The first half was dominated by the personalities of the conductor and the soloist. Kristjan Järvi is the talented younger son of the Orchestra's conductor laureate. Lithe and ardent he moved from one front corner to the other on the new conductor's podium in gleeful control of the players in front of him, and when applause came too soon, of the audience too.
Bernstein's Overture and Suite from Candide comes from his Broadway musical of 1956. The Overture sets a rich and ornate scene but the work goes on to an exciting but hotchpotch of styles. At one point we are in the middle of a loud fairground with the noise of the amusement arcades all around. It was a lively opener that put every part of the orchestra to work.
An American GI in Germany immediately after the end of World War II, who was an oboe player, came across Strauss and asked him to write something for the oboe. He was turned down. But the seed had been sown and in February 1946 the Oboe Concerto was premiered in Zürich.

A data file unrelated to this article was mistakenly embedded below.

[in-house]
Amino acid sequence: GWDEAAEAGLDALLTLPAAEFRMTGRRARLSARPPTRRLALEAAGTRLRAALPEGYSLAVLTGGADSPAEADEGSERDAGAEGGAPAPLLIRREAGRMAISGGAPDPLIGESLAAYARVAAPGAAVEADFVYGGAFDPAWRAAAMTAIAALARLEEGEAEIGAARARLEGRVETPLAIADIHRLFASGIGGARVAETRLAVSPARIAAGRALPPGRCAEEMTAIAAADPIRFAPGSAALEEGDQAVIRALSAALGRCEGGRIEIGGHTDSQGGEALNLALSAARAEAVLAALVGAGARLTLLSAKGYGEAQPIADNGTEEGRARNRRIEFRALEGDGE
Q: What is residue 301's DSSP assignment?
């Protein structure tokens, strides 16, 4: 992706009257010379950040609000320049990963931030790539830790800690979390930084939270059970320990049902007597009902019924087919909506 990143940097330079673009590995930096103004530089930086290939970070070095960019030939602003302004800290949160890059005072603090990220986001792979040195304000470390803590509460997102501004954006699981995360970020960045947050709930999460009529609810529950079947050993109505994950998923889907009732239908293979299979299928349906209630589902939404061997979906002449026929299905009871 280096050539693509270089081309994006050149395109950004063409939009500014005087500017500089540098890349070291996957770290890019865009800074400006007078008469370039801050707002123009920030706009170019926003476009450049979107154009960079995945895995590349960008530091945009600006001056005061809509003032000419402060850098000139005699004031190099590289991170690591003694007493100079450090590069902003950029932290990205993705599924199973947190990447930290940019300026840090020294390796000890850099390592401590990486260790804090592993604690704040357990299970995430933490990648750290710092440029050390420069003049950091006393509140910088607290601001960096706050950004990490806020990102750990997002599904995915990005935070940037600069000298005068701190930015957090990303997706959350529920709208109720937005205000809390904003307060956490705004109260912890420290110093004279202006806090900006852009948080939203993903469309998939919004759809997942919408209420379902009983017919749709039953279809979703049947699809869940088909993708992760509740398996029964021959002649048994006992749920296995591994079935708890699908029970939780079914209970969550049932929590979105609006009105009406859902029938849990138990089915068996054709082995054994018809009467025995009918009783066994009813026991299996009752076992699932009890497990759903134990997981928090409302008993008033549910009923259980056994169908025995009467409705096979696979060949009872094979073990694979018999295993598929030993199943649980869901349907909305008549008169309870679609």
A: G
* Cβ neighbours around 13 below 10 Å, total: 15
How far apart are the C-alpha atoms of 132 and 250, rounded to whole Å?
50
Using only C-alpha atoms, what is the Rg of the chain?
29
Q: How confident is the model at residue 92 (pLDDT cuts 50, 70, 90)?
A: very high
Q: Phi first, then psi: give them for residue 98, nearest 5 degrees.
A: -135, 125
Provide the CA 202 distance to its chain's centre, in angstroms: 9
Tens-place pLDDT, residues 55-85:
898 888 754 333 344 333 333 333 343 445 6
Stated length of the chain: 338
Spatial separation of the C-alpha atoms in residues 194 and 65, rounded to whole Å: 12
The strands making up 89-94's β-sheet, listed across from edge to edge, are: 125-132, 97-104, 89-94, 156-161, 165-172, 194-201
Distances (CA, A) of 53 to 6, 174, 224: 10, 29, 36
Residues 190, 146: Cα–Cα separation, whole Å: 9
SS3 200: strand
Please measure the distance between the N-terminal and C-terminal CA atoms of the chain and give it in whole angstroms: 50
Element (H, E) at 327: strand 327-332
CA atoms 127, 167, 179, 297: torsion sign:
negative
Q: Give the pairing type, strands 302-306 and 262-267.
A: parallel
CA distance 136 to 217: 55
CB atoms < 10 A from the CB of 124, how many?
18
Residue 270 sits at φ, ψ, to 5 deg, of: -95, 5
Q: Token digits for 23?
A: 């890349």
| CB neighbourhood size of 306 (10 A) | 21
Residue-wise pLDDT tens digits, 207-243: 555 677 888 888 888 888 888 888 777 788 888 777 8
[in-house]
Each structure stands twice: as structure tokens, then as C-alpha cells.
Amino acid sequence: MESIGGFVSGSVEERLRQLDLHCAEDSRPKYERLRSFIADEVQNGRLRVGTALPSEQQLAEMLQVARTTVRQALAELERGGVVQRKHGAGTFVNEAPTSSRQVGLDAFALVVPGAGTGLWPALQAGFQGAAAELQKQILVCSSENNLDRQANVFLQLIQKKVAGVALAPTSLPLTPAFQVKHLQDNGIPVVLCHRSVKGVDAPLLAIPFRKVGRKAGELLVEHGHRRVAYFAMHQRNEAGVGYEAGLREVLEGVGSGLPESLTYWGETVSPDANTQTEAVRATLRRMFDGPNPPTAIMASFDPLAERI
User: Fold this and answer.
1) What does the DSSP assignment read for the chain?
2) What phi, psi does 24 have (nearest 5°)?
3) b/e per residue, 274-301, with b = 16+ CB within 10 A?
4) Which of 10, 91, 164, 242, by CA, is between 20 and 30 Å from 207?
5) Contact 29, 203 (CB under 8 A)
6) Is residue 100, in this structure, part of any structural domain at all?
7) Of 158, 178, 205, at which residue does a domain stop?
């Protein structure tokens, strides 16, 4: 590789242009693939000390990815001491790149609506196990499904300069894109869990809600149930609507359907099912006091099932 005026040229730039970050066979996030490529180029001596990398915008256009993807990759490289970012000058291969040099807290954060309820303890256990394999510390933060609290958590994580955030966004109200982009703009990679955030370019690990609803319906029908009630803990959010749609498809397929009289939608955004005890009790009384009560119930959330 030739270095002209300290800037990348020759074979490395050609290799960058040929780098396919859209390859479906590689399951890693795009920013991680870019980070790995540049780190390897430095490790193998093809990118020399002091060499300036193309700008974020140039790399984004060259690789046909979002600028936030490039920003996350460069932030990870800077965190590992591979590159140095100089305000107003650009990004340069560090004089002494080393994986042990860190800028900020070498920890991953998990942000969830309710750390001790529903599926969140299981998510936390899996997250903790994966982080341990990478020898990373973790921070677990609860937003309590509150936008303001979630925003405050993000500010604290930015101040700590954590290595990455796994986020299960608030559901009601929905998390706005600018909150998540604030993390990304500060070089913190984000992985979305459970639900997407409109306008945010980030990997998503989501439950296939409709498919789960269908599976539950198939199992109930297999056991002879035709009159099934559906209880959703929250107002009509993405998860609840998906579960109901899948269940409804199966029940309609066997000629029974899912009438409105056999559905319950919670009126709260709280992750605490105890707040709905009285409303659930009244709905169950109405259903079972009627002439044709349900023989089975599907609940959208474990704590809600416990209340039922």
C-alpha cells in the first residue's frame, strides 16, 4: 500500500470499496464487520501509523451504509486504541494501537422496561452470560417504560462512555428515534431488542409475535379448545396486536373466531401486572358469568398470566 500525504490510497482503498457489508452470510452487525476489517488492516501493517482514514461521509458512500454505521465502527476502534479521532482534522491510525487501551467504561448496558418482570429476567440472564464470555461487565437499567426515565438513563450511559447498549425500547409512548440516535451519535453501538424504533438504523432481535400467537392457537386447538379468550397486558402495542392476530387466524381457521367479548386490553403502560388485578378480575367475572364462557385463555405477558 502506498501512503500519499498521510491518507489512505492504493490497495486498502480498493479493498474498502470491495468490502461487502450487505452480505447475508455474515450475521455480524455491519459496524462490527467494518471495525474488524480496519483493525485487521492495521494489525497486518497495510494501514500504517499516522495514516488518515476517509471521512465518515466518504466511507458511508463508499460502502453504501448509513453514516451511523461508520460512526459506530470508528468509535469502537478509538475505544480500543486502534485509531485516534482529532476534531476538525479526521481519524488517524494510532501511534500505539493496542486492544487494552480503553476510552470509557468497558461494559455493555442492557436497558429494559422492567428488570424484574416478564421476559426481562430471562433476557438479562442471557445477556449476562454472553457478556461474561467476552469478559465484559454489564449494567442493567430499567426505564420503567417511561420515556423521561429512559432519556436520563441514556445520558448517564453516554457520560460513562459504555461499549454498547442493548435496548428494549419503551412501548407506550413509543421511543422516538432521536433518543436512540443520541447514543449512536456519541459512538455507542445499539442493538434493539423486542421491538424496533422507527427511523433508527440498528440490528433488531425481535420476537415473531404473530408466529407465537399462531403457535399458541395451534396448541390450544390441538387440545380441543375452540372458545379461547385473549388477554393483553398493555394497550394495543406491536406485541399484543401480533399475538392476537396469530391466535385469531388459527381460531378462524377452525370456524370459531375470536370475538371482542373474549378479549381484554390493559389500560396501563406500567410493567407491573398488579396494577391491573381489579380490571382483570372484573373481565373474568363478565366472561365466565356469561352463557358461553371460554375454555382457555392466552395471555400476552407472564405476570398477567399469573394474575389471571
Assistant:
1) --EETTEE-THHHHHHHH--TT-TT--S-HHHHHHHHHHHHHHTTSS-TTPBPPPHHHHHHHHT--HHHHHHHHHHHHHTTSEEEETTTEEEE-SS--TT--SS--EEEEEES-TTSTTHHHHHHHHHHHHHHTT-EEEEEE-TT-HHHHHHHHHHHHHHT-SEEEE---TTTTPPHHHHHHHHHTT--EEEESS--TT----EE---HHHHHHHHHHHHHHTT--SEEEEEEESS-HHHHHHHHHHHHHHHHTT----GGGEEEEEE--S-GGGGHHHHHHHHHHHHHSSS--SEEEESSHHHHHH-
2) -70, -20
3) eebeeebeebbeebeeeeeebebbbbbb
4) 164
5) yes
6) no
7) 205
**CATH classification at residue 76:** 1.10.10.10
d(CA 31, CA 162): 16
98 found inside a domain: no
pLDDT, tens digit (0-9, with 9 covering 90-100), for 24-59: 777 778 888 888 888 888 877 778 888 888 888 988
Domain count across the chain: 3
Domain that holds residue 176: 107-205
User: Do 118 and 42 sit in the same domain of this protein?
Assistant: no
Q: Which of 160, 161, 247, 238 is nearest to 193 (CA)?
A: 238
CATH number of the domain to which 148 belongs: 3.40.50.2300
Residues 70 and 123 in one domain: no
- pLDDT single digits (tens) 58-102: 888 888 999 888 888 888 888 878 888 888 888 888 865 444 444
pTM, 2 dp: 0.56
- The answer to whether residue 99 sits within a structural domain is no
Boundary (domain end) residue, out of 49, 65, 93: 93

It was the performance of a lifetime from Emmanuel Laville, the Orchestra's principal oboe, playing Richard Strauss's Oboe Concerto. The three movements are played without a break and for twenty five minutes he was the master of his instrument, of the music and indeed of his colleagues in the orchestra. A solo debut to remember.
Johannes Brahms took many years to produce his Symphony No 1 because he was a fastidious composer. He also resented the high expectations of him as Beethoven's successor. But this symphony is sometimes called Beethoven's Tenth for some of its style and structure. Written in four movements, the finale picks up the "Ode to Joy" melody but without Beethoven's chorus.
The applause demonstrated the warmth and the enthusiasm of a well contented audience which had heard a first class concert from the RSNO, the second of its Friday nights this season now back at the Usher Hall.
Event: Friday 9 October 2009 7.30 pm, RSNO Friday nights throughout the winter. £5 for students, Under 16's free.